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Thursday, September 5, 2002



University of Hawaii

art
CRAIG T. KOJIMA / CKOJIMA@STARBULLETIN.COM
As a SWATH vessel, the Kilo Moana, shown upon arrival Tuesday, offers a smooth cruise by riding largely above the waves. Its superstructure rests on narrow supports connected to twin submerged hulls that cut through the water like submarines.




Research ship
excites scientists

UH's new Kilo Moana will
set sail Sept. 21 to investigate
nutrients in the central Pacific


By Helen Altonn
haltonn@starbulletin.com

The University of Hawaii will be one of seven oceanographic institutions launching a five-year, $5 million research program this month with the Navy's new research vessel Kilo Moana.

The $45 million ship arrived Tuesday at the UH marine center at Snug Harbor, Sand Island, to an informal welcoming party by family members, friends and scientists in the School of Ocean & Earth Science & Technology, which will operate it.

"This sort of facility is really important for an educational institution because it gets our students to sea and it provides entree to science at its best, with premier facilities that students can use hands-on and see how it's really done," said Brian Taylor, UH geology-geophysics professor who has managed the ship project for SOEST.

Built for the Navy in Jacksonville, Fla., the unique SWATH (small water plane area twin hull) research vessel made an impressive entrance into Honolulu Harbor with silk ilima and maile leis strung over its bow.

"This is big time, really a major facility," said SOEST Dean C. Barry Raleigh, recalling heavy competition with larger oceanographic institutions that wanted the ship.

U.S. Sen. Daniel K. Inouye played a major role in getting it assigned to Hawaii as part of the Navy's University-National Oceanographic Laboratory System and persuading Congress to appropriate money to build and operate it.

UH now is "the largest of competitors" to Scripps Institution of Oceanography and Woods Hole Oceanographic Institution with a ship that "will lead every scientist to want to use for research," Raleigh said.

art
CRAIG T. KOJIMA / CKOJIMA@STARBULLETIN.COM
Oceanographer Eric Firing praised the research ship's sea floor mapping capabilities Tuesday.




Scientists asked for a SWATH design for the ship to provide a stable research platform.

Given a Hawaiian name for "oceanographer" or "one who is looking for understanding of the deep sea," the ship will leave Sept. 22 on a National Science Foundation-sponsored "biocomplexity program."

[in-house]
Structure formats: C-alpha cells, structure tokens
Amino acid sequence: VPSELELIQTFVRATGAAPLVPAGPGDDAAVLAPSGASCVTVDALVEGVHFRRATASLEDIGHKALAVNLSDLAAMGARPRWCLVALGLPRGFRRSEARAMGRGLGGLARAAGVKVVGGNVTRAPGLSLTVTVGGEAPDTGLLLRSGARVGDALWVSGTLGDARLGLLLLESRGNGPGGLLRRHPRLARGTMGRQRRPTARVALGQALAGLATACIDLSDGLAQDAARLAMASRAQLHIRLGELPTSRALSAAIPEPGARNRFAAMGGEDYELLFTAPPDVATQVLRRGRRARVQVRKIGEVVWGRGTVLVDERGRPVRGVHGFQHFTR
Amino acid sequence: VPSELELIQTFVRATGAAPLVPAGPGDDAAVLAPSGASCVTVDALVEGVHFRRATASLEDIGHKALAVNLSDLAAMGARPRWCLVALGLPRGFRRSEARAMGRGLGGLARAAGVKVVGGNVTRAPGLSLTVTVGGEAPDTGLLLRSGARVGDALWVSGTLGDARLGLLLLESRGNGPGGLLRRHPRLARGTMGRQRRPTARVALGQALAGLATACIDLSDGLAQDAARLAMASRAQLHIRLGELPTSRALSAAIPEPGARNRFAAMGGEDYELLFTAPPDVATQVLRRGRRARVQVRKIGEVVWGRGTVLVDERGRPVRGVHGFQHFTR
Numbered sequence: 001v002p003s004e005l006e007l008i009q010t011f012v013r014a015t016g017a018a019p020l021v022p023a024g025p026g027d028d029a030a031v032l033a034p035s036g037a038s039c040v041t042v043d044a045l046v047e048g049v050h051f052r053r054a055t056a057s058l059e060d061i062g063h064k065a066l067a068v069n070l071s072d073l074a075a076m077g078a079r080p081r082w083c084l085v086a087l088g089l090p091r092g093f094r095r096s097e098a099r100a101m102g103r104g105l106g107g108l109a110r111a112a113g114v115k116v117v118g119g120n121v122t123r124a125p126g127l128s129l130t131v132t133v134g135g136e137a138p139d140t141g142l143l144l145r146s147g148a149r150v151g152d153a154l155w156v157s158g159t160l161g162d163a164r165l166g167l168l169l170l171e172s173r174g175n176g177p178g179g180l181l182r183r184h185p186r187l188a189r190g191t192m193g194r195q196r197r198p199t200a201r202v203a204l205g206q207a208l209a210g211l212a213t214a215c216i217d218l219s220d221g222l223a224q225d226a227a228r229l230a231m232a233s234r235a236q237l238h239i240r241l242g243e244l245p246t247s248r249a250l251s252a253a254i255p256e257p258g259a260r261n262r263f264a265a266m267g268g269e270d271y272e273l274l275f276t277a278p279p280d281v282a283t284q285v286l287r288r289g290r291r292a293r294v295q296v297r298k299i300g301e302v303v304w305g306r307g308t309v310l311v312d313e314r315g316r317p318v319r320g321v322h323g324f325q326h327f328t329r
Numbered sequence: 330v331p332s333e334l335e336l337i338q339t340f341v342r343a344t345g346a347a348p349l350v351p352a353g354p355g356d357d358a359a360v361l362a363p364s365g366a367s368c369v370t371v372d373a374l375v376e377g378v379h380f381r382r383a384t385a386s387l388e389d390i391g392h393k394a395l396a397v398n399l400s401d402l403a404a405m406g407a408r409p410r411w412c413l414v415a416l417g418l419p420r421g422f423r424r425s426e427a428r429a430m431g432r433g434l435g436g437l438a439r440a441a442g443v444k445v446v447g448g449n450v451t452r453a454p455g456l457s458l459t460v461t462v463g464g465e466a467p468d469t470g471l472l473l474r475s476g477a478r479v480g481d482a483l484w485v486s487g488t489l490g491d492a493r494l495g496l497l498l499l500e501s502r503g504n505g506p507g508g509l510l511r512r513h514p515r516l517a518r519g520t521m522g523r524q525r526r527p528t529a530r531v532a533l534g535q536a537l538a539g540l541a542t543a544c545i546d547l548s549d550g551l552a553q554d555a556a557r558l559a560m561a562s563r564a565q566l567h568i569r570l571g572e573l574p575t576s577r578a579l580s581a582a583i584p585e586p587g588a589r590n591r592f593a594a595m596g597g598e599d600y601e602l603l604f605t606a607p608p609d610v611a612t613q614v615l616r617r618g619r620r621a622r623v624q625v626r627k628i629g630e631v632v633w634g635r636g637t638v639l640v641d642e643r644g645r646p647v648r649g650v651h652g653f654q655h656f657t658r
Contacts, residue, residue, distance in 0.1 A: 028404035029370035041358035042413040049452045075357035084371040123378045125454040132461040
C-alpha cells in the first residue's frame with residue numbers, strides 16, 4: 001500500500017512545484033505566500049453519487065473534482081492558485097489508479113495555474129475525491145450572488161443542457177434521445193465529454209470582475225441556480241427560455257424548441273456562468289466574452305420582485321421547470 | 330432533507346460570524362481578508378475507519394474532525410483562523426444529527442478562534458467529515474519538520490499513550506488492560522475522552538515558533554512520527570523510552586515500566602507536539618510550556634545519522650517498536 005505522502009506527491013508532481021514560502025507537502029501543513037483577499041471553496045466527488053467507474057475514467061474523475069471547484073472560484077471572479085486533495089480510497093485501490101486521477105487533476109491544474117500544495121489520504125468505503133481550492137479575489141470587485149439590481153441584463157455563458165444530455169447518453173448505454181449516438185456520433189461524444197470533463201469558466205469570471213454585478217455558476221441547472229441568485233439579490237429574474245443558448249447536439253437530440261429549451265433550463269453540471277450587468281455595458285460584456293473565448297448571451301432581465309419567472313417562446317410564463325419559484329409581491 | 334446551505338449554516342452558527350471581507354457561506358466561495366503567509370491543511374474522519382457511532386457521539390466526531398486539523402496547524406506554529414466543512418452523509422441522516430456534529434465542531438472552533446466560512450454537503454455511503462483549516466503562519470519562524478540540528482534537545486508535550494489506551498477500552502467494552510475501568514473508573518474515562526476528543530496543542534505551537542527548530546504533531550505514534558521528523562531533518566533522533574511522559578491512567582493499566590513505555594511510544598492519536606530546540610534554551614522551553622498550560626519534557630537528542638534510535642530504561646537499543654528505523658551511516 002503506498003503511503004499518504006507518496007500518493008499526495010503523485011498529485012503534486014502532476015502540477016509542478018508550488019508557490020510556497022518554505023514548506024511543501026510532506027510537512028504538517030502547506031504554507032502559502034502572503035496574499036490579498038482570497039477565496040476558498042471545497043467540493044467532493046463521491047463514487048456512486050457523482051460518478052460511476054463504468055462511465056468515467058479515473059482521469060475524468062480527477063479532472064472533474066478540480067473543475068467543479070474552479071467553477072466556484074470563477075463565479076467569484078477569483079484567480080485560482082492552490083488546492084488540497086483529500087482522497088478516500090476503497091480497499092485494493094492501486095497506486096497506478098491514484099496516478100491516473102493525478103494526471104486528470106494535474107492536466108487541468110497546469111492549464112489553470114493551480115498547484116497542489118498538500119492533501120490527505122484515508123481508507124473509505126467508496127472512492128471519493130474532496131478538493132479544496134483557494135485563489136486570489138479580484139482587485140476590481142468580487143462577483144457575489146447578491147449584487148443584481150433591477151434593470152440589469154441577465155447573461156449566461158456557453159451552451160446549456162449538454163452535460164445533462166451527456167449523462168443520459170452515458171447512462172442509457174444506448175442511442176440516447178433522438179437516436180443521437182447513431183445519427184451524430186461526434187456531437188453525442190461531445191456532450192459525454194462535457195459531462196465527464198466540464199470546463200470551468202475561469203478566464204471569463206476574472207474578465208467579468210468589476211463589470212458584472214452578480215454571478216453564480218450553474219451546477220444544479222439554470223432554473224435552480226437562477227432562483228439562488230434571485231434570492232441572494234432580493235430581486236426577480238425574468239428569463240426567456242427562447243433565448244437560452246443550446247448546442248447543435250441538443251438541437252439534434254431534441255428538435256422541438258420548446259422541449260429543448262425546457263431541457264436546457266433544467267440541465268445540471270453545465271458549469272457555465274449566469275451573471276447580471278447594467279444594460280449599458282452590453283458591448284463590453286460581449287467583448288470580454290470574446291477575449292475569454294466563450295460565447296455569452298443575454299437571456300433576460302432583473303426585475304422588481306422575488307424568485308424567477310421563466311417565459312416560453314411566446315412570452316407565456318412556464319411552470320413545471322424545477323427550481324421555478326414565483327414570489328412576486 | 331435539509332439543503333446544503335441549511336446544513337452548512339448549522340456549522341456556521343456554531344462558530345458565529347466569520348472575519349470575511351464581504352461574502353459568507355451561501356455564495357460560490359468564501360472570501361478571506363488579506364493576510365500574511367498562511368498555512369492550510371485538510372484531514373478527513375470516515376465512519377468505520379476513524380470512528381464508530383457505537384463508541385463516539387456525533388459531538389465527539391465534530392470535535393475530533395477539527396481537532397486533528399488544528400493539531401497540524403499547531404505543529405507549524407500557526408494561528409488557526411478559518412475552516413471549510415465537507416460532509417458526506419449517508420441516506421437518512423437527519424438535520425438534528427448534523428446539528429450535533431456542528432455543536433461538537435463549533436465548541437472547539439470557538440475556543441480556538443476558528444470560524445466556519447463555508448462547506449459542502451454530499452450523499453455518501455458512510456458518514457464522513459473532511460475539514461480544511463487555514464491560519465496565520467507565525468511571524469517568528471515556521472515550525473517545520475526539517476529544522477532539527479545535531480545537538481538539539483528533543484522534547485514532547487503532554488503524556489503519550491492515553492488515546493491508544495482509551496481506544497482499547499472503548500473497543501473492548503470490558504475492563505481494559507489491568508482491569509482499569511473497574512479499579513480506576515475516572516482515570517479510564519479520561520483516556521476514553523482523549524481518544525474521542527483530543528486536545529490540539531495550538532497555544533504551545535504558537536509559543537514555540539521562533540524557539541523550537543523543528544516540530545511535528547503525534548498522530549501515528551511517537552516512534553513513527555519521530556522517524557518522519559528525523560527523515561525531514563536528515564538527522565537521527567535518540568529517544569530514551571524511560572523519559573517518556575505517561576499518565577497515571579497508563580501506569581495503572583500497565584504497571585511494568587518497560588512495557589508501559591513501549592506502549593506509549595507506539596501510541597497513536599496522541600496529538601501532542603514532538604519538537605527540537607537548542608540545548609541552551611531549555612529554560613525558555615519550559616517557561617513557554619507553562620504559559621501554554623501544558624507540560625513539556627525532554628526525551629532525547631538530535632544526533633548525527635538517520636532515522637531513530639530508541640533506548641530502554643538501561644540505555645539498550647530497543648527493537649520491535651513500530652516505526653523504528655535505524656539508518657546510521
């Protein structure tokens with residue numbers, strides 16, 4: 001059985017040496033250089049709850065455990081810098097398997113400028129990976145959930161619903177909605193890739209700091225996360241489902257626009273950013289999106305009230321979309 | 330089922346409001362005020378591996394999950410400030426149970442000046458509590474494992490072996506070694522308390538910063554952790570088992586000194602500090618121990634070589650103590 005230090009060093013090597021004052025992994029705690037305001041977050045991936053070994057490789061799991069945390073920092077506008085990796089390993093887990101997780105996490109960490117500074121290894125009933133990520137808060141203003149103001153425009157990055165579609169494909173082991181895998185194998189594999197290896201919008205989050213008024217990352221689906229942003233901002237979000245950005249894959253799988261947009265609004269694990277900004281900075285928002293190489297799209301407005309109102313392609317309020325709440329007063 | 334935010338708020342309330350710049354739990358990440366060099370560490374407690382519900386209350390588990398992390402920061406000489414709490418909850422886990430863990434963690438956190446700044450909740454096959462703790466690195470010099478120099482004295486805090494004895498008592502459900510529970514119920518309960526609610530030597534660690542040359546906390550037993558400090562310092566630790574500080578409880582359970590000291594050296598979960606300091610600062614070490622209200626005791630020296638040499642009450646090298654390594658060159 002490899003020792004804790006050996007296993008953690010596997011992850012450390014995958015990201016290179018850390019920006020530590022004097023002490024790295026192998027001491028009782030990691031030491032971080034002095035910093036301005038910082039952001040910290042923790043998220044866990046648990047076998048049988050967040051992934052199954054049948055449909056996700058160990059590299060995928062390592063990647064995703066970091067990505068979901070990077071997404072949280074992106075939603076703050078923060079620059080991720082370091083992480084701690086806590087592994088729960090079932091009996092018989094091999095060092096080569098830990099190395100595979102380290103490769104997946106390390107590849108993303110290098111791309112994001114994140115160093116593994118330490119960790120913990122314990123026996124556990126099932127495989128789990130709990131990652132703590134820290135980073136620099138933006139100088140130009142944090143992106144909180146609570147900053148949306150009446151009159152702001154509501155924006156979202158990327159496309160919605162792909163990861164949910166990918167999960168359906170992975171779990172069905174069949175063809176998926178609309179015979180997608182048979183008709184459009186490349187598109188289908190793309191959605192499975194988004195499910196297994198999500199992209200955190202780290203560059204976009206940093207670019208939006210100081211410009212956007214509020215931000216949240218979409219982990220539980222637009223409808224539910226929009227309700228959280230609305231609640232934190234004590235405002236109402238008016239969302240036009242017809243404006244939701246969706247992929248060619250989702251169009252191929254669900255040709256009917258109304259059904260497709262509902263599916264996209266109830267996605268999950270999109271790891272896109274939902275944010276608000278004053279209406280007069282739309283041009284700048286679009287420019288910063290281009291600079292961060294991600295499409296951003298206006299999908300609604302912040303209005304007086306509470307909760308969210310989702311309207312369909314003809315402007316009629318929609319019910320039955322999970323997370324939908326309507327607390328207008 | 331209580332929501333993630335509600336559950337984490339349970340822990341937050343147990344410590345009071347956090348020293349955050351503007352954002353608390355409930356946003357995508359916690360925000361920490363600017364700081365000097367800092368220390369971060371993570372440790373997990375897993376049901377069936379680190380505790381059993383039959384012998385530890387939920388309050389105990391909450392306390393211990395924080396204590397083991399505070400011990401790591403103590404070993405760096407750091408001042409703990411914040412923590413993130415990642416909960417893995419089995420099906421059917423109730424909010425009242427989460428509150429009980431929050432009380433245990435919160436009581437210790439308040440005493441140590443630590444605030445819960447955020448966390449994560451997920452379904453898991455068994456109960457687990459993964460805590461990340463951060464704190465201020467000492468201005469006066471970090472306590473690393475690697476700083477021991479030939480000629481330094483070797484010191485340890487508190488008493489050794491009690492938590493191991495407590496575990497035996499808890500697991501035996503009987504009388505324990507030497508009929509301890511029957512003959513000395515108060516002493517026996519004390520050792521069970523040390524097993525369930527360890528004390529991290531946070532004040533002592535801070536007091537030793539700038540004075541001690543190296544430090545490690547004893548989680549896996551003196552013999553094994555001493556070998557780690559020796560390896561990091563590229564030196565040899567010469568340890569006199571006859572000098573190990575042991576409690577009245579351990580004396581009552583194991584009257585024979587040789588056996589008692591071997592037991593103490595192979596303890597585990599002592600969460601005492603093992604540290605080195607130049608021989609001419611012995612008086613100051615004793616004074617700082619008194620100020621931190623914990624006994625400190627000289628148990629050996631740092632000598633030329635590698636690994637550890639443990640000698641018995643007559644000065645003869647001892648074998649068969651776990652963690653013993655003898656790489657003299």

It will sweep about 1,000 miles of ocean to the dateline from a site about 60 miles north of Oahu called Station ALOHA, said UH biological oceanographer David Karl.

Scientists will investigate the effects of complex biochemical and climate processes on the ecosystem and look particularly at how much dust is coming into the Pacific from western China's deserts, he said.

The dust is the major iron source for microorganisms that fix nitrogen (convert nitrogen molecules) for food, but land-use changes over time could starve the ocean, Karl said.

Nitrogen-fixing organisms were discovered at Station Aloha.

UH scientists who sampled Kilo Moana's capabilities en route to Hawaii from Florida said they could do things that are not possible on a conventional single-hull ship.

Mapping researcher Bruce Appelgate and oceanographer Eric Firing, chief scientists on the cruise, praised the ship's stability and mapping capabilities and "fantastic crew."

"We can take measurements under a wider range of conditions. This was really illustrated on our cruise with the ocean bottom mapping sonar," Firing said.

Appelgate said the ship ran from a hurricane off Baja California and went through 18-foot waves "like butter" while mapping the sea floor.

Gary Jensen of the Office of Naval Research, who was on one leg of the cruise, said Kilo Moana "is very impressive, a wonderful addition to the AGOR (oceanographic research class) fleet."

UH, he said, is "very fortunate" to have the ship.



University of Hawaii



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